Pembury to offload retirement villages business
Pembury Lifestyle Group, whose auditors raised questions about its survival in May, says it will offload its retirement villages business so it can focus on private education.
In early May, the group’s delayed financial results for the year to December showed a net loss of R40.7m. Its current liabilities of R57.2m exceeded its current assets of R5.3m, said its auditor, Moore Stephens FRRS.
Moore Stephens said at the time “a material uncertainty exists that may cast significant doubt on the group and company’s ability to continue as a going concern”.
“These matters further indicate that the group and company might be unable to realise their assets and discharge their liabilities in the normal course of business,” it said.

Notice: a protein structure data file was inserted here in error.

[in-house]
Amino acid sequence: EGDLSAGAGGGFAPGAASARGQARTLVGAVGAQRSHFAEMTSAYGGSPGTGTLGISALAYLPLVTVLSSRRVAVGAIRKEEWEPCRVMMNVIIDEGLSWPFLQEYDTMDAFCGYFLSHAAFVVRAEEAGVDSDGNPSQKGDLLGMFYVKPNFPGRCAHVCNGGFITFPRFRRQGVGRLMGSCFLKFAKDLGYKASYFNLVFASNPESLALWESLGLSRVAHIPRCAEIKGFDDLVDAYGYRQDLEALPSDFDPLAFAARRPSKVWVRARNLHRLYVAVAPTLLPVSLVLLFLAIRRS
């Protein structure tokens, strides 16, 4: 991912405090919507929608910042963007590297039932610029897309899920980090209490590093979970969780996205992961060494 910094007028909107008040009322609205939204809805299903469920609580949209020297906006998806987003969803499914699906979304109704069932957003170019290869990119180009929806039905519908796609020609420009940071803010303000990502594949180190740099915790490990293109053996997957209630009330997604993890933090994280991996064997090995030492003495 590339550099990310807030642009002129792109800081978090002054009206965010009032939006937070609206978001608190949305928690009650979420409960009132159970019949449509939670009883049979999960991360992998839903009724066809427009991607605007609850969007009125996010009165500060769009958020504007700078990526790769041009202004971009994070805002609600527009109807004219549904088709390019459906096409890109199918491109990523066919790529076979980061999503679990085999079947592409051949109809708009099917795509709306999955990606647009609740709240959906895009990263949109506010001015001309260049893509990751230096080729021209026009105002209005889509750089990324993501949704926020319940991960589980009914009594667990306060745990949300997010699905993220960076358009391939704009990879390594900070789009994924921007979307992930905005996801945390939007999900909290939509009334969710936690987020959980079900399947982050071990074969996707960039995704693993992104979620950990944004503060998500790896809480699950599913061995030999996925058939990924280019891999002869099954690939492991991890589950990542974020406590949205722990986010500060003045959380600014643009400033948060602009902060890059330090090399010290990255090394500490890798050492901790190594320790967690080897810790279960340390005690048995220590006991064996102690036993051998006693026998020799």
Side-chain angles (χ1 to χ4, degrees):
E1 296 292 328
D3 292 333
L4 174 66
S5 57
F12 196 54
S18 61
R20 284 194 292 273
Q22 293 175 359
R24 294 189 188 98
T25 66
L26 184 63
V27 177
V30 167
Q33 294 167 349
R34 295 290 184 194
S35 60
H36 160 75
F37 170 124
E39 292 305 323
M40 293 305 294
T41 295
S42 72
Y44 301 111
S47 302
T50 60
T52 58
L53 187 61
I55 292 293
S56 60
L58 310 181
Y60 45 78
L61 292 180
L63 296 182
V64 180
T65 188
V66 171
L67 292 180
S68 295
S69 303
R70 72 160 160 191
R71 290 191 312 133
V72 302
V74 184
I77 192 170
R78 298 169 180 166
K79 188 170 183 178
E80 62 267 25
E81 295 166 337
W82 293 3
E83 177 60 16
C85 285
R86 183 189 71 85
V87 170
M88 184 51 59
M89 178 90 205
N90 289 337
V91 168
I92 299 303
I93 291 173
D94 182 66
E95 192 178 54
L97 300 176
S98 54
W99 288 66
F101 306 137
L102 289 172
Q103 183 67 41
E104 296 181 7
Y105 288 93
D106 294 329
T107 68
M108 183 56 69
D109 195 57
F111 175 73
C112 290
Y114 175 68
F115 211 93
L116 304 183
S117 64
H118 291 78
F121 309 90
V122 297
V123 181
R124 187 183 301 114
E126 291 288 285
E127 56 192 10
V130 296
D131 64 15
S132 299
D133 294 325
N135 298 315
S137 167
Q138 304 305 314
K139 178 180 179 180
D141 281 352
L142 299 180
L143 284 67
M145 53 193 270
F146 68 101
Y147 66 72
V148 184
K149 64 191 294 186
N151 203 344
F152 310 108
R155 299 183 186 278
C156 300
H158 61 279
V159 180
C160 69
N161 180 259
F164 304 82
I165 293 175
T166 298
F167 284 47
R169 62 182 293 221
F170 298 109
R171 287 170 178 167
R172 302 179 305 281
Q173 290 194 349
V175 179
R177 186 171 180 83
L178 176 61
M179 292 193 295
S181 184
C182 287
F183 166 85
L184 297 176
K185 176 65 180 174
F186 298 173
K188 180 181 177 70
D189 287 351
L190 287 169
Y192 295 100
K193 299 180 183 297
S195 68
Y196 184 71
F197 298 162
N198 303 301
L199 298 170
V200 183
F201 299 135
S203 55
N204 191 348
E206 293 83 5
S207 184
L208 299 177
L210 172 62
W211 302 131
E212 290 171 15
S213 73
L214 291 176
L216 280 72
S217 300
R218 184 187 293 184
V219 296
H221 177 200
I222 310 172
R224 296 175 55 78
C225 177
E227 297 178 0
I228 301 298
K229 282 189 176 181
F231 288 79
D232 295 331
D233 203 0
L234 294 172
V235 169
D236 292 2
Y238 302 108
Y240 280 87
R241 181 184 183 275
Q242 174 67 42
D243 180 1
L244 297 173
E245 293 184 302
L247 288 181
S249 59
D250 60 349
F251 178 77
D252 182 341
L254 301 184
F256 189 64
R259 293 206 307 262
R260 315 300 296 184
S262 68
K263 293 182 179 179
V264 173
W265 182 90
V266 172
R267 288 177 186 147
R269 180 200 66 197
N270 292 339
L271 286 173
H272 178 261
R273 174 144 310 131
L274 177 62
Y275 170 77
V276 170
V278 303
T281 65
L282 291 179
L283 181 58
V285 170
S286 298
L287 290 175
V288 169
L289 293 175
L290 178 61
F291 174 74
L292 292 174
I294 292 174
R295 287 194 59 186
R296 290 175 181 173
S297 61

On Thursday, Pembury said that following feedback from shareholders and potential funders, it had decided to walk away from the retirement villages market.
“Despite a recent turnaround in the remaining villages following the recent restructure, the board has taken a decision that the retirement villages segment does not fit with the long-term strategy of the group — to focus on growing and providing affordable, quality, private education,” the company said.
The board, led by CEO Andrew McLachlan, was “evaluating various options to dispose of the individual villages”.
It may sell estates back to the original seller, Pembury Villages, it said.